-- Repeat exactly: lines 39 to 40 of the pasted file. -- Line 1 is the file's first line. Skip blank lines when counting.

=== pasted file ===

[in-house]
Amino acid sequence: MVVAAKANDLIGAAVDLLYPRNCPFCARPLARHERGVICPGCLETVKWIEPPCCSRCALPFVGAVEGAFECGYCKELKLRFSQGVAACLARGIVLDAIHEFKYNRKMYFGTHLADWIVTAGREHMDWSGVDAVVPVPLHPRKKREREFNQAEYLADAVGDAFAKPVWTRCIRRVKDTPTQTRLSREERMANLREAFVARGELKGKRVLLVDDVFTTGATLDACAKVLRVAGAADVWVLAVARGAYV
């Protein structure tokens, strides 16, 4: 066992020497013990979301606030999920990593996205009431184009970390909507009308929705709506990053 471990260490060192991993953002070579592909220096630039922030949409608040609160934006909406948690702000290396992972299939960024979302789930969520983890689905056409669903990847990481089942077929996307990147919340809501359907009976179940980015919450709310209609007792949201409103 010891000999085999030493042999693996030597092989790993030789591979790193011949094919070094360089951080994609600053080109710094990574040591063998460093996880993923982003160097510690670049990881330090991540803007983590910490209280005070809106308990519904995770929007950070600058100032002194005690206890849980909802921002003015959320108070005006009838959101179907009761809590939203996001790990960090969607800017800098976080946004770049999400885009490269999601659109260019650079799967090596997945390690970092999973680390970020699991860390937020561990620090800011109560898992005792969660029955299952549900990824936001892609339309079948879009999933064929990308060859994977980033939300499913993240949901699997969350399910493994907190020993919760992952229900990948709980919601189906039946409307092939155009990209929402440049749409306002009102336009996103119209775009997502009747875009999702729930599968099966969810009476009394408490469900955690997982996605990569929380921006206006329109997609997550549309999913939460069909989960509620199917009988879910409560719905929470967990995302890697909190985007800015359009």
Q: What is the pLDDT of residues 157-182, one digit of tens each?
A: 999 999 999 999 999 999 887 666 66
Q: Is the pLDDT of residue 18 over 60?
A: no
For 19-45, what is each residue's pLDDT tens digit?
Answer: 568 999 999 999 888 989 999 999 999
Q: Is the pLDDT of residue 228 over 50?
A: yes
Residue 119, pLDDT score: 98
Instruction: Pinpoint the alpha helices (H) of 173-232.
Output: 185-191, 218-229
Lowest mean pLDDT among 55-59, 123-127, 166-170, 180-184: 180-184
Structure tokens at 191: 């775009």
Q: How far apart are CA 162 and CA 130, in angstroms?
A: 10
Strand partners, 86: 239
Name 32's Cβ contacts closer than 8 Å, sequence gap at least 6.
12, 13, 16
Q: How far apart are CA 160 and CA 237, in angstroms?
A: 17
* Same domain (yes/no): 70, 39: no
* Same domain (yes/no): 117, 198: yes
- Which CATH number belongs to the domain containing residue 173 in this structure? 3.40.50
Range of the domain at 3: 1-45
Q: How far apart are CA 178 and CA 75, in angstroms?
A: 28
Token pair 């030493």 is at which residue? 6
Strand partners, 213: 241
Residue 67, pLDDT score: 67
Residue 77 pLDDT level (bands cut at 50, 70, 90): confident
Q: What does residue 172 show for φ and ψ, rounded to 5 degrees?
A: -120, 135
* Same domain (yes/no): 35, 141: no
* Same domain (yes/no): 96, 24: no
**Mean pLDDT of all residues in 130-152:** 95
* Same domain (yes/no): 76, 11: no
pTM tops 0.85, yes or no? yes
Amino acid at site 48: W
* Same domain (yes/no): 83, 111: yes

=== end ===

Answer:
* Same domain (yes/no): 76, 11: no
pTM tops 0.85, yes or no? yes